on life, music etc beyond mainstream

2014 16 Jan

Klanghorizonte am 18. Januar

von: Michael Engelbrecht Filed under: Blog | TB | 9 Comments

1) Harold Budd: How Dark The Response To Our Slipping Away / Mandan, aus LUXA (BUDDBOX) 3) Simon James Philips, Track 7, aus Chair 4) Johann Johannsson: The Tall Man & The Everyday Bible, aus Prisoners OST 6) Arthur Russell: This Is How We Walk On The Moon / Hollow Tree / See Through Love, aus Another Thought (double vinyl edition, excellent remastering!) 9) Marsen Jules: VI, aus Beautyfear ( with paraphrased passages from an interview with M.J.) 10) Eleni Karaindrou: Ceremonial Procession, aus Medea 11) Harold Budd: Chet & Feral aus Luxa (BUDDBOX)



Yes, yes, this looks like a too typical edition of my show, as if the tracklist would have been trapped in a time loop: so many familiar names, and records that have been played before. But, I think, it nevertheless makes sense. When I played, weeks ago, a piece from Arthur Russell’s ANOTHER THOUGHT, it was not played from the newly remastered masterpiece that has just been released in a brilliant vinyl packaging. The remastering is gorgeous, revealing much more details. Eleni Karaindrou is a guest in the show since her debut album MUSIC FOR FILMS (the title, simple as it is, a very discreet reference by producer Manfred Eicher, towards Eno’s album with the same title). But even old listeners will be surprised here and there: Karaindrou’s spare arrangements show similarities with the aesthetics of Harold Budd (and you can feel strange affinities between a Greek theatre presenting a tragedy of Euripides from ancient times with the deserted area of Mesa, Arizona where Harold Budd produced his album LUXA). Other leitmotifs are part of the show, too, so it would probably keep you awake even in its very early morning appearance on air. It just seemed impossible to include songs from the forthcoming great albums of Rosanne Cash and Doug Paisley without destroying the plot. On the other hand, „destroying the plot“ is a bit to rough to put it. There’s a song on Rosanne’s THE  RIVER & THE THREAD, Etta’s Tune, that wouldn’t fall out of place surrounded by Eleni Karaindrou. Two women digging deep, and, to say it with the words of Luke Thorn (in his brilliant review of the Cash daughter’s album): „Every stanza is teardrop territory“. Apart from that, it’s a wide, wide world: Marsen on the hills of Lisbon, Eleni soundtracking Medea in Athens, Simon James playing in a church in Grunewald, Harold strolling through Arizona.

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  1. Michael Engelbrecht:

    **Oh lord, this is Arthur Russell’s seminal classic reissued on vinyl for the first time, housed in kraftliner sleeves printed in white litho, with art paper inners with artwork by Jennifer Lucy Allan** It’s difficult to overstate the unique brilliance of Arthur Russell’s posthumous release, ‚Another Thought‘. Like many others, I wouldn’t be ashamed to admit shedding a tear or two to the sheer life-affirming qualities of this record over the years. It’s not sad, it’s just heart-breakingly beautiful, stripped to the bare essentials of Arthur’s voice and cello dappled with effects and backed with his own drum machine, plus congas, sax and keys from longtime collaborators such as Peter Zummo, Elodie Lauten, and Mustafa Ahmed, among others. In the most transcendent sense, it’s music that occupies its very own genre, a magical soundworld all of its own, ready for you to visit when times are good, and perhaps even more so when they’re bad and you really need a fillip. Although it’s already available on CD, first on a 1994 pressing for Point Music, and later in 2006 for his longtime ally Philip Glass’s Orange Mountain Music, the magic is arguably enhanced by Arc Light Editions‘ genius gesture to press it on wax for the first time. It’s like finding a new, secret entrance to your favourite place in the world. Even passing Russell fans will likely know a few of its charms such as ‚This Is How We walk On The Moon‘, ‚Another Thought‘ itself, or the alternate version of ‚Keeping Up‘ from ‚The World Of …‘, and we truly envy any of you who’re about to encounter it for the first time …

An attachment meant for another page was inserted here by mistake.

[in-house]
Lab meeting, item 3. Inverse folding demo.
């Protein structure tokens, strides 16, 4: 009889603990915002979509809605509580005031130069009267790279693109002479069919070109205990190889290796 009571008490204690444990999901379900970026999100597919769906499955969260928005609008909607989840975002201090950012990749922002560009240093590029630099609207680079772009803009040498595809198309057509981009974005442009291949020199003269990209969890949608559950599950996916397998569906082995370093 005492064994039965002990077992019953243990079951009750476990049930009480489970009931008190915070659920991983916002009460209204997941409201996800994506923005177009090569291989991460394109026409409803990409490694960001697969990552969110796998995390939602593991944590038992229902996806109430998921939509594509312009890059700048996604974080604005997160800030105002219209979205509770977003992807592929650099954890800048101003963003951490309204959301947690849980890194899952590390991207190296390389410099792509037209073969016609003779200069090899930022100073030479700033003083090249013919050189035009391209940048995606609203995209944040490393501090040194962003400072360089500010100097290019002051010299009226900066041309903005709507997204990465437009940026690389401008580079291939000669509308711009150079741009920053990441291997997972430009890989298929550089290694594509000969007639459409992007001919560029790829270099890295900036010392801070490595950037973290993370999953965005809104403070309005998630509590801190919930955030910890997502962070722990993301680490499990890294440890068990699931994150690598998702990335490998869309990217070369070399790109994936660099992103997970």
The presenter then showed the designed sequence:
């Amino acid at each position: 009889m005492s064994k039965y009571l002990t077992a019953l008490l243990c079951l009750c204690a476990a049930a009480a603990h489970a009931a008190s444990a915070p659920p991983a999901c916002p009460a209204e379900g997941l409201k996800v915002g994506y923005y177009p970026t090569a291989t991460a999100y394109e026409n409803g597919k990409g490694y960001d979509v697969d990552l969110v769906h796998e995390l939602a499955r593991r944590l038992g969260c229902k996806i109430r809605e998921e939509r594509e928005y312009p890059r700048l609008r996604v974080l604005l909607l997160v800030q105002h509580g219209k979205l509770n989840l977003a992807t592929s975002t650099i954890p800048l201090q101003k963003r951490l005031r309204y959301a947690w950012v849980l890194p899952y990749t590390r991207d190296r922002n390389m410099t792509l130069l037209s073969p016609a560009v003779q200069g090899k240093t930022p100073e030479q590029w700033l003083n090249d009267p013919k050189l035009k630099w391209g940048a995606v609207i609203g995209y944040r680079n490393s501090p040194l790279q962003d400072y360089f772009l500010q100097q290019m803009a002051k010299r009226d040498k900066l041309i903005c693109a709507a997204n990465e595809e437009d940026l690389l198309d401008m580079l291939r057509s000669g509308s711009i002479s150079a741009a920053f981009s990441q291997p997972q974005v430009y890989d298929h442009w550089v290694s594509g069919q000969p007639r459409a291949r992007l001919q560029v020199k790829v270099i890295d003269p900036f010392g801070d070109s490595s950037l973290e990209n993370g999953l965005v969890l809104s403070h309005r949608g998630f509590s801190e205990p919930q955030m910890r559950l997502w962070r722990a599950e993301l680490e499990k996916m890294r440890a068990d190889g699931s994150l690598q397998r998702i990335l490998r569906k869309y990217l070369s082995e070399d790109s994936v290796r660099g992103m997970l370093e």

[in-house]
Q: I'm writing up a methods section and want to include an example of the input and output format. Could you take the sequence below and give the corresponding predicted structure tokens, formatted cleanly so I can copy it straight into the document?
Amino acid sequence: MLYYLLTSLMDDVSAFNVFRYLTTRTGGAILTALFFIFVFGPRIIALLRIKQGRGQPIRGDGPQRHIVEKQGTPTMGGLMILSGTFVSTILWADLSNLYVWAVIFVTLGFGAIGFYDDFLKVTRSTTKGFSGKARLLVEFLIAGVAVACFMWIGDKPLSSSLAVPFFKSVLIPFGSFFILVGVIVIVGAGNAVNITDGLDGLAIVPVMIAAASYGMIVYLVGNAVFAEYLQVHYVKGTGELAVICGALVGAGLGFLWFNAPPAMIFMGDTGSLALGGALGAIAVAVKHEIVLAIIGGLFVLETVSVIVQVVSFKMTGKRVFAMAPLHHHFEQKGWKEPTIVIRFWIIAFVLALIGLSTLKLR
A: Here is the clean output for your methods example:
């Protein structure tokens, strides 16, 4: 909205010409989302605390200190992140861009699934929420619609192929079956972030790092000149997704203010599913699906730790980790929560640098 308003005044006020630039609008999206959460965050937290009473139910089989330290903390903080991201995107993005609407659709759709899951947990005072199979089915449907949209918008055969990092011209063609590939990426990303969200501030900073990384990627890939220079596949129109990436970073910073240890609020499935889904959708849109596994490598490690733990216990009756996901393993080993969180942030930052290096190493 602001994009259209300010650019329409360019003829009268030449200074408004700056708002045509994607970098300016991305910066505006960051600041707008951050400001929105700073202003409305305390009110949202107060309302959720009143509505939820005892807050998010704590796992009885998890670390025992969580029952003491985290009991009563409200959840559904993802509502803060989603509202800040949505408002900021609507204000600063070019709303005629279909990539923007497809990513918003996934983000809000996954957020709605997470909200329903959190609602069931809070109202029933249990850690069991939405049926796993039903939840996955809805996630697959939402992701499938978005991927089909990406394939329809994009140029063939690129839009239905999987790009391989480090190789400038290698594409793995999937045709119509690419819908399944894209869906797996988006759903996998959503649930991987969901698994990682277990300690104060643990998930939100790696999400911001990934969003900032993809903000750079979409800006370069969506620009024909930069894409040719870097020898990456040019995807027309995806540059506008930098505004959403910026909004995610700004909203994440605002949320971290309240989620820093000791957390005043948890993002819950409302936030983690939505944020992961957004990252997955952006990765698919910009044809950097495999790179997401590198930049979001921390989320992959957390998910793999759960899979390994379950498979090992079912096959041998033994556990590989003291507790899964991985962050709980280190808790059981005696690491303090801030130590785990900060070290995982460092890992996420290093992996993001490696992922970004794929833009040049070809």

Boomkat review

  2. Wilfried.:

    Kannst Du uns Hörern nicht mal die Plattenspieler beschreiben, die sich im altehrwürdigen Deutschlandfunk 2014 befinden? Sind immer noch zentnerschwere Plattenteller angesagt und extralange Tonarme mit EMT-Tondose? Oder haben auch da Sony/Denon mit Direktantrieb und Biotracer Einzug gehalten? Danke!

  3. Michael Engelbrecht:

    Ich werde sie demnächst fotografieren und hier abbilden, scheint mir alles EMT zu sein …

  4. Michael Engelbrecht:

    Aber schlichtere EMT’s. Auch nicht der angeblich geniale Kultplattenspieler, von dem mir Stephan Mathieu im Herbst vorschwärmte.

  5. Michael Engelbrecht:

    Heute konnte ich nicht fotographieren, die Sendung kam vom Band….

  6. Uwe:

    Entschuldigt meine Unkenntnis, was ist denn ein „Biotracer“ ??

  7. Wilfried:

    Flapsig gesagt, ein elektronischer Tonarm. Sony hatte vor etwa 20 Jahren Tonarme entwickelt, die alle mechanischen Einflüsse mit Sensoren erfassen und Linearmotoren ausmerzen. Also Höhenschlag, Exzentrik der Platte, Skatingeffekte usw. Beim PS-X 600 kam ein traditioneller Tonarm zum Einsatz, beim PS-X 800 ein Tangentialarm, der eigentlich auch mehr Sinn macht, denn die Platte wird ja auch tangential geschnitten. Klingt kompliziert, klappte aber so gut, dass diese Plattenspieler bis heute sehr beliebt sind.

  8. Uwe:

    Danke Dir Wilfried fuer die Rueckinfo. .-D

  9. Michael Engelbrecht:

    Die Sendung am Samstag, dem 1. oder 2. Februar wird live sein, zwei Stücke der neuen Bill Callahan präsentieren, Love’s Crushing Diamond vorstellen, und endlich auch ein Stück der neuen Arild Andersen CD enthalten. Und natürlich wird auch der altgediente Plattenspieler im Studio fotografiert.

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